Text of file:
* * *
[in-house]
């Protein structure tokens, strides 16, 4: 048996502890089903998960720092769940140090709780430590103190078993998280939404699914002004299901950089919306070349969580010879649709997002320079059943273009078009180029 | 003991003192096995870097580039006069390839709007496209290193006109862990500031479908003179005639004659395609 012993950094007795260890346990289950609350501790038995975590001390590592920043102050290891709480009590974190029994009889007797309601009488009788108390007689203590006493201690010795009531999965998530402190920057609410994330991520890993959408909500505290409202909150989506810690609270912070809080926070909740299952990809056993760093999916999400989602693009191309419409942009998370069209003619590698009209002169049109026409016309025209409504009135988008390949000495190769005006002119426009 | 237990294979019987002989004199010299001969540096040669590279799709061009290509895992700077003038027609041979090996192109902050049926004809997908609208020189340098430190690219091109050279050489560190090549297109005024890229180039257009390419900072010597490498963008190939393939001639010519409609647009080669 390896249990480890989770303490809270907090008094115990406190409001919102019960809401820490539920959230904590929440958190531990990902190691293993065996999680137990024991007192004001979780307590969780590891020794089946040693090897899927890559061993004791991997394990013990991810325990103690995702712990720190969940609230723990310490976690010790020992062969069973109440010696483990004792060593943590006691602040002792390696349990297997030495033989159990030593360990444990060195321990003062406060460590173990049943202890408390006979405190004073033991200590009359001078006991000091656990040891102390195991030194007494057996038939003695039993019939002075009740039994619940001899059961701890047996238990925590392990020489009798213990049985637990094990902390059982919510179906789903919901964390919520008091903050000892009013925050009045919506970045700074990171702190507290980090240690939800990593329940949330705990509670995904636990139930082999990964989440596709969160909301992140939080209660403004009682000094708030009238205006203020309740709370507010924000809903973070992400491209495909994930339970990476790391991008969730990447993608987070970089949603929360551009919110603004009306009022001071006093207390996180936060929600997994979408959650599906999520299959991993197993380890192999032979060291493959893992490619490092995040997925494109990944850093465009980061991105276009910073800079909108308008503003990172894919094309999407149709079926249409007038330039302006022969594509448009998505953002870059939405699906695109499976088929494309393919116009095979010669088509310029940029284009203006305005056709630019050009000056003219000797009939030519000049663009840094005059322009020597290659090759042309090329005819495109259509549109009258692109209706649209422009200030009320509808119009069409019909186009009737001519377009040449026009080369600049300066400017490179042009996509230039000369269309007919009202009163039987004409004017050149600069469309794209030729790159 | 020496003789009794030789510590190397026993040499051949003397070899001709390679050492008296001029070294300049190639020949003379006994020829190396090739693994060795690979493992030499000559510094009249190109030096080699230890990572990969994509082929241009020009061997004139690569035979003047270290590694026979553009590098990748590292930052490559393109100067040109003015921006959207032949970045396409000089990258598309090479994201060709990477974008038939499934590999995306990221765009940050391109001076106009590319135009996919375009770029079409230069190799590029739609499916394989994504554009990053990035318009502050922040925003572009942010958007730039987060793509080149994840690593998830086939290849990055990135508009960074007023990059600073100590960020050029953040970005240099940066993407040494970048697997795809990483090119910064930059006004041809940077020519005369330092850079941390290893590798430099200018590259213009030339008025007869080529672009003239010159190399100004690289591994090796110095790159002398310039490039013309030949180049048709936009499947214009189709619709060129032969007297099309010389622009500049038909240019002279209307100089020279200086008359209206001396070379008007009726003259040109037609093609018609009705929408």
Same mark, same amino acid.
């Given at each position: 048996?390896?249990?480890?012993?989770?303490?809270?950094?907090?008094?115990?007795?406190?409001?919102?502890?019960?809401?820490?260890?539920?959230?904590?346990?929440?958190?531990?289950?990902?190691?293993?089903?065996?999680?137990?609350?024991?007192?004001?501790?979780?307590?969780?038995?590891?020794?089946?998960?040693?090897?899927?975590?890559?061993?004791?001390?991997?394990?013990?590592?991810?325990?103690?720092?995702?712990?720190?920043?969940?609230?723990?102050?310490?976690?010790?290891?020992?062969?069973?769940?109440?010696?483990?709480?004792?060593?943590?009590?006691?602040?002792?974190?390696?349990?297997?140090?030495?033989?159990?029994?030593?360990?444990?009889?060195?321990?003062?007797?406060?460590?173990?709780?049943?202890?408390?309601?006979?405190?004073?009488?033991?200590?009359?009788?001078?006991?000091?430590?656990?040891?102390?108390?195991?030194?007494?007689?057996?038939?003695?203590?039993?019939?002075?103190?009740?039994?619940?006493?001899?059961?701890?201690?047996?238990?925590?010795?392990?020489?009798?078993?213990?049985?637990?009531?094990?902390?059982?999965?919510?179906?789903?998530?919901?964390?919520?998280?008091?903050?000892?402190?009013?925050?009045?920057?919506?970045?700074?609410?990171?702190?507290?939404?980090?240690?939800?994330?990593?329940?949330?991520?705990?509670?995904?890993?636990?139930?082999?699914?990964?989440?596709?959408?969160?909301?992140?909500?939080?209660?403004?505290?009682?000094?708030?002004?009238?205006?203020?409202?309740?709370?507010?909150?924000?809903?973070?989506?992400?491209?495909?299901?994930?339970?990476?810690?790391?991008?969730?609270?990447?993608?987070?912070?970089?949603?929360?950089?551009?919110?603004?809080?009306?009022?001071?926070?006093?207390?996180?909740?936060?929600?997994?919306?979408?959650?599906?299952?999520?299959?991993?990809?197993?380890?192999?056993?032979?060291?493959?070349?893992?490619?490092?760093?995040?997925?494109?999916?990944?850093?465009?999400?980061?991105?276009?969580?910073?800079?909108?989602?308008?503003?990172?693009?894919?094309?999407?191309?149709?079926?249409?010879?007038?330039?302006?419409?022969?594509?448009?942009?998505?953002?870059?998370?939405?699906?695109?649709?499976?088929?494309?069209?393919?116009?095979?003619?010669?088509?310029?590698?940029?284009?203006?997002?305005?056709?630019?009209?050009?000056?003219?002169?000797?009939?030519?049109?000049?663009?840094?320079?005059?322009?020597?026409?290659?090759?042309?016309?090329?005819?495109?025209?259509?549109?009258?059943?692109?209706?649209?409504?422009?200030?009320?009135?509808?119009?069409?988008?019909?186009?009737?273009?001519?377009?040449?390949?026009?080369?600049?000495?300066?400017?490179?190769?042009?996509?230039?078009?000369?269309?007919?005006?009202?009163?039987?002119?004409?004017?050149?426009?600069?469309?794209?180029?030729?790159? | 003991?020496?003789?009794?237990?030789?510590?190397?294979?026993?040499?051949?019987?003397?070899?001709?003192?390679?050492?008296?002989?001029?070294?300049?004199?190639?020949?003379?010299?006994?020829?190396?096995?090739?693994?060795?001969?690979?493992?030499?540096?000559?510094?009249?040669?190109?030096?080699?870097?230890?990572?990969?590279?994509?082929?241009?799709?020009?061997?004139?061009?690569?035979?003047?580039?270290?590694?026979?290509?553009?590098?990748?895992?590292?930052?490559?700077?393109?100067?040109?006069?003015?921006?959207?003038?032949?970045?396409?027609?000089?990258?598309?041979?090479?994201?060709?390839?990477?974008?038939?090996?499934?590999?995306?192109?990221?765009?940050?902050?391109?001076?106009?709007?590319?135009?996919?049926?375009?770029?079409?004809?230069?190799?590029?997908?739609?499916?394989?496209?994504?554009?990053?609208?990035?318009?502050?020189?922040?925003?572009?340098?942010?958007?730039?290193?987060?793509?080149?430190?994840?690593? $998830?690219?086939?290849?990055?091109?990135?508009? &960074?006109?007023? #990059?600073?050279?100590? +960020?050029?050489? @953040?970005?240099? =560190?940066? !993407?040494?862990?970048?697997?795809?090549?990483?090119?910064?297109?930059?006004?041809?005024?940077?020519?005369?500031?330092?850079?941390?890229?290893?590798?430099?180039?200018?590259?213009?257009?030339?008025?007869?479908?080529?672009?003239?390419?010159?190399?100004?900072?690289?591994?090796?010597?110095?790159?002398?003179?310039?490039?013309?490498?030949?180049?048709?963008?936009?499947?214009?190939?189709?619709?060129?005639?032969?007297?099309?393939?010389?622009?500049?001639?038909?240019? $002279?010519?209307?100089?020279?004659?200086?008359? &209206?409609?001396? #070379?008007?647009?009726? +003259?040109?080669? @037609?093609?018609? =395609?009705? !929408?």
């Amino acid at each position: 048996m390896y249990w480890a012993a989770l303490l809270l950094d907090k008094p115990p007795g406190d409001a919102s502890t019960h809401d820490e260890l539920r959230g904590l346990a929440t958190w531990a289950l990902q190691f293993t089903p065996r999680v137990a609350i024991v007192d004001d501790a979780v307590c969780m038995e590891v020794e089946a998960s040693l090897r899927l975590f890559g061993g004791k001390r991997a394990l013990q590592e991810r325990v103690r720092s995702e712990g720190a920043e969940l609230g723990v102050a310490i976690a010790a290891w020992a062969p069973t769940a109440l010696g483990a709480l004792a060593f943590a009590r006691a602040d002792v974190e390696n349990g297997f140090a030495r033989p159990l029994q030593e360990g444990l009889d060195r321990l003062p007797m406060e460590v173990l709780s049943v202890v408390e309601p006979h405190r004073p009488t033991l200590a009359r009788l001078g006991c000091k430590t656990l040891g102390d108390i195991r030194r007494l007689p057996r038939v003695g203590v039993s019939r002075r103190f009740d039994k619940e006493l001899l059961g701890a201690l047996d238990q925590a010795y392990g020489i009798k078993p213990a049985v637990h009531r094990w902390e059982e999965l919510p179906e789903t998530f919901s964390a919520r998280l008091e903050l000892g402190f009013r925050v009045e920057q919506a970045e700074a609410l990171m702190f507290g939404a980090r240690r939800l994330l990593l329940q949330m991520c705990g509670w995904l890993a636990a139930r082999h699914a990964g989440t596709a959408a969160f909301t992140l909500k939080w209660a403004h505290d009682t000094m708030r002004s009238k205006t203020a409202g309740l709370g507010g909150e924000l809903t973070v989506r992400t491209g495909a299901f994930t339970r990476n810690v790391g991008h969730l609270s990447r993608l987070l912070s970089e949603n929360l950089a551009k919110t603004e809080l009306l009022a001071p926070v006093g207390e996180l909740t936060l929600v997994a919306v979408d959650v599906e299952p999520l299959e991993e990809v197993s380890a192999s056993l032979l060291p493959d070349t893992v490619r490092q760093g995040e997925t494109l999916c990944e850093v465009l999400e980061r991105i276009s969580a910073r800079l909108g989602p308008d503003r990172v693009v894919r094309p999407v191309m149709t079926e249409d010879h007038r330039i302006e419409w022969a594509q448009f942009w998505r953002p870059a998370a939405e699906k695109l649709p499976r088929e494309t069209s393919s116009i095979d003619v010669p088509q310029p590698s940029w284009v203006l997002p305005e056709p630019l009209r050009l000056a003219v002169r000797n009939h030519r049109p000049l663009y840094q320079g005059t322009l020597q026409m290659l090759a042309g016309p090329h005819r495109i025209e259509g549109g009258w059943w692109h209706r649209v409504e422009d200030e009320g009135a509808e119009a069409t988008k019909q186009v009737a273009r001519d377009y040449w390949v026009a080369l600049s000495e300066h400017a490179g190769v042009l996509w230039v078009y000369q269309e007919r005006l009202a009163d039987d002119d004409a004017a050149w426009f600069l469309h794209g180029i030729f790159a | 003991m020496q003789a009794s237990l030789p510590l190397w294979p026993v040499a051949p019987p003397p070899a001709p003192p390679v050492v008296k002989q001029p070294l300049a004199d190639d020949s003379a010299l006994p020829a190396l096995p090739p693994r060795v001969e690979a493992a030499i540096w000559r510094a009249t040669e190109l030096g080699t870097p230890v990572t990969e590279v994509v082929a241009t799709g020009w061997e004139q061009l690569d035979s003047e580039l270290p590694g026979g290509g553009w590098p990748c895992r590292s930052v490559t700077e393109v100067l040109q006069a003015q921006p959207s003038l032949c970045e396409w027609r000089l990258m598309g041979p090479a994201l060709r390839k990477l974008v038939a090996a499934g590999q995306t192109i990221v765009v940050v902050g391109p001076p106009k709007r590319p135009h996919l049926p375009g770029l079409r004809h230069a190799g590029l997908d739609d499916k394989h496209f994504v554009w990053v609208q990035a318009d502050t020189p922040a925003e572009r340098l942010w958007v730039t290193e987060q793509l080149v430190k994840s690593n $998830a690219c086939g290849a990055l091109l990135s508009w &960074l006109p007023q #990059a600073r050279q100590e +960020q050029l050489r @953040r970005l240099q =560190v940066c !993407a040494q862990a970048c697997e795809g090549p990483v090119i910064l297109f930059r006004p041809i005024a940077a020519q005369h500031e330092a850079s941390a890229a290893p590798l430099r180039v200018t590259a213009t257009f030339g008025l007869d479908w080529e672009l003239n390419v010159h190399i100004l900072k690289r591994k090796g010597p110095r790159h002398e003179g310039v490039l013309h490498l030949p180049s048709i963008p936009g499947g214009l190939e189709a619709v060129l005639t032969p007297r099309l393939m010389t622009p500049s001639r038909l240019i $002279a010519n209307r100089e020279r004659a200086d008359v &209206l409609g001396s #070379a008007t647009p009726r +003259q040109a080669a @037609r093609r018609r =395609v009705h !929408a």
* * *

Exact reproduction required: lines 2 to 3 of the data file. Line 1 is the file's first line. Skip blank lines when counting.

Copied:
């Protein structure tokens, strides 16, 4: 048996502890089903998960720092769940140090709780430590103190078993998280939404699914002004299901950089919306070349969580010879649709997002320079059943273009078009180029 | 003991003192096995870097580039006069390839709007496209290193006109862990500031479908003179005639004659395609 012993950094007795260890346990289950609350501790038995975590001390590592920043102050290891709480009590974190029994009889007797309601009488009788108390007689203590006493201690010795009531999965998530402190920057609410994330991520890993959408909500505290409202909150989506810690609270912070809080926070909740299952990809056993760093999916999400989602693009191309419409942009998370069209003619590698009209002169049109026409016309025209409504009135988008390949000495190769005006002119426009 | 237990294979019987002989004199010299001969540096040669590279799709061009290509895992700077003038027609041979090996192109902050049926004809997908609208020189340098430190690219091109050279050489560190090549297109005024890229180039257009390419900072010597490498963008190939393939001639010519409609647009080669 390896249990480890989770303490809270907090008094115990406190409001919102019960809401820490539920959230904590929440958190531990990902190691293993065996999680137990024991007192004001979780307590969780590891020794089946040693090897899927890559061993004791991997394990013990991810325990103690995702712990720190969940609230723990310490976690010790020992062969069973109440010696483990004792060593943590006691602040002792390696349990297997030495033989159990030593360990444990060195321990003062406060460590173990049943202890408390006979405190004073033991200590009359001078006991000091656990040891102390195991030194007494057996038939003695039993019939002075009740039994619940001899059961701890047996238990925590392990020489009798213990049985637990094990902390059982919510179906789903919901964390919520008091903050000892009013925050009045919506970045700074990171702190507290980090240690939800990593329940949330705990509670995904636990139930082999990964989440596709969160909301992140939080209660403004009682000094708030009238205006203020309740709370507010924000809903973070992400491209495909994930339970990476790391991008969730990447993608987070970089949603929360551009919110603004009306009022001071006093207390996180936060929600997994979408959650599906999520299959991993197993380890192999032979060291493959893992490619490092995040997925494109990944850093465009980061991105276009910073800079909108308008503003990172894919094309999407149709079926249409007038330039302006022969594509448009998505953002870059939405699906695109499976088929494309393919116009095979010669088509310029940029284009203006305005056709630019050009000056003219000797009939030519000049663009840094005059322009020597290659090759042309090329005819495109259509549109009258692109209706649209422009200030009320509808119009069409019909186009009737001519377009040449026009080369600049300066400017490179042009996509230039000369269309007919009202009163039987004409004017050149600069469309794209030729790159 | 020496003789009794030789510590190397026993040499051949003397070899001709390679050492008296001029070294300049190639020949003379006994020829190396090739693994060795690979493992030499000559510094009249190109030096080699230890990572990969994509082929241009020009061997004139690569035979003047270290590694026979553009590098990748590292930052490559393109100067040109003015921006959207032949970045396409000089990258598309090479994201060709990477974008038939499934590999995306990221765009940050391109001076106009590319135009996919375009770029079409230069190799590029739609499916394989994504554009990053990035318009502050922040925003572009942010958007730039987060793509080149994840690593998830086939290849990055990135508009960074007023990059600073100590960020050029953040970005240099940066993407040494970048697997795809990483090119910064930059006004041809940077020519005369330092850079941390290893590798430099200018590259213009030339008025007869080529672009003239010159190399100004690289591994090796110095790159002398310039490039013309030949180049048709936009499947214009189709619709060129032969007297099309010389622009500049038909240019002279209307100089020279200086008359209206001396070379008007009726003259040109037609093609018609009705929408």
Same mark, same amino acid.